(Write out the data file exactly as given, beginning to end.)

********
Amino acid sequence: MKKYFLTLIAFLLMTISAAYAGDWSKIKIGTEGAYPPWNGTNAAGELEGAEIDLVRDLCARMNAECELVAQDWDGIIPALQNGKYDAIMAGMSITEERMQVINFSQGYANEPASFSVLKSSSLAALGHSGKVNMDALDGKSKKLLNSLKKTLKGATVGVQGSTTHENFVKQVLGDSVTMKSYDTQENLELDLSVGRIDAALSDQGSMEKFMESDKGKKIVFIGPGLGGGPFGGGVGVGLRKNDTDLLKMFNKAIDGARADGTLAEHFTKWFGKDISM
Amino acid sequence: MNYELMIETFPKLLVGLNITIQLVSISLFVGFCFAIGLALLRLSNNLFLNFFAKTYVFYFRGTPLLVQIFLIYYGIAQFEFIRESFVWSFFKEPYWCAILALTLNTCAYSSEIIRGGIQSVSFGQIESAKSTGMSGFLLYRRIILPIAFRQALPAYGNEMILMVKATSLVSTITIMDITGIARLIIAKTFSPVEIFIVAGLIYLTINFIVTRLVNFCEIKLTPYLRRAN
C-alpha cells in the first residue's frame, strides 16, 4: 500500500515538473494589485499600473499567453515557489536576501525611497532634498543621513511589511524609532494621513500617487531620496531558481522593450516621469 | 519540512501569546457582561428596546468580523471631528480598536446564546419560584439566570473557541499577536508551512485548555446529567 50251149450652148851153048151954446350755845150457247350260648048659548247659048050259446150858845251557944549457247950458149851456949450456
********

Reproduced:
Amino acid sequence: MKKYFLTLIAFLLMTISAAYAGDWSKIKIGTEGAYPPWNGTNAAGELEGAEIDLVRDLCARMNAECELVAQDWDGIIPALQNGKYDAIMAGMSITEERMQVINFSQGYANEPASFSVLKSSSLAALGHSGKVNMDALDGKSKKLLNSLKKTLKGATVGVQGSTTHENFVKQVLGDSVTMKSYDTQENLELDLSVGRIDAALSDQGSMEKFMESDKGKKIVFIGPGLGGGPFGGGVGVGLRKNDTDLLKMFNKAIDGARADGTLAEHFTKWFGKDISM
Amino acid sequence: MNYELMIETFPKLLVGLNITIQLVSISLFVGFCFAIGLALLRLSNNLFLNFFAKTYVFYFRGTPLLVQIFLIYYGIAQFEFIRESFVWSFFKEPYWCAILALTLNTCAYSSEIIRGGIQSVSFGQIESAKSTGMSGFLLYRRIILPIAFRQALPAYGNEMILMVKATSLVSTITIMDITGIARLIIAKTFSPVEIFIVAGLIYLTINFIVTRLVNFCEIKLTPYLRRAN
C-alpha cells in the first residue's frame, strides 16, 4: 500500500515538473494589485499600473499567453515557489536576501525611497532634498543621513511589511524609532494621513500617487531620496531558481522593450516621469 | 519540512501569546457582561428596546468580523471631528480598536446564546419560584439566570473557541499577536508551512485548555446529567 50251149450652148851153048151954446350755845150457247350260648048659548247659048050259446150858845251557944549457247950458149851456949450456